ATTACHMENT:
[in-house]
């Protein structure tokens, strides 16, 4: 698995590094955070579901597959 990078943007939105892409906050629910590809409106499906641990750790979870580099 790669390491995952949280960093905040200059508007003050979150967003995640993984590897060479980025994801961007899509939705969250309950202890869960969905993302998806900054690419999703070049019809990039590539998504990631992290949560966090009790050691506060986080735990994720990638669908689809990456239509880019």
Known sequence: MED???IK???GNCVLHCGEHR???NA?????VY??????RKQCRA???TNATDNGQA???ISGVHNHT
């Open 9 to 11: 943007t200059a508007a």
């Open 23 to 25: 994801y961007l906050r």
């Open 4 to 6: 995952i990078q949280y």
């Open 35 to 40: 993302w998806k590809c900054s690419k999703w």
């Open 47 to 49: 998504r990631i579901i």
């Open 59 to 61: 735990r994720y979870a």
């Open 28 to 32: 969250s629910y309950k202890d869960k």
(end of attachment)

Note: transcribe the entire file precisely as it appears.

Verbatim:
[in-house]
């Protein structure tokens, strides 16, 4: 698995590094955070579901597959 990078943007939105892409906050629910590809409106499906641990750790979870580099 790669390491995952949280960093905040200059508007003050979150967003995640993984590897060479980025994801961007899509939705969250309950202890869960969905993302998806900054690419999703070049019809990039590539998504990631992290949560966090009790050691506060986080735990994720990638669908689809990456239509880019």
Known sequence: MED???IK???GNCVLHCGEHR???NA?????VY??????RKQCRA???TNATDNGQA???ISGVHNHT
């Open 9 to 11: 943007t200059a508007a």
């Open 23 to 25: 994801y961007l906050r």
């Open 4 to 6: 995952i990078q949280y």
């Open 35 to 40: 993302w998806k590809c900054s690419k999703w």
């Open 47 to 49: 998504r990631i579901i």
């Open 59 to 61: 735990r994720y979870a």
């Open 28 to 32: 969250s629910y309950k202890d869960k």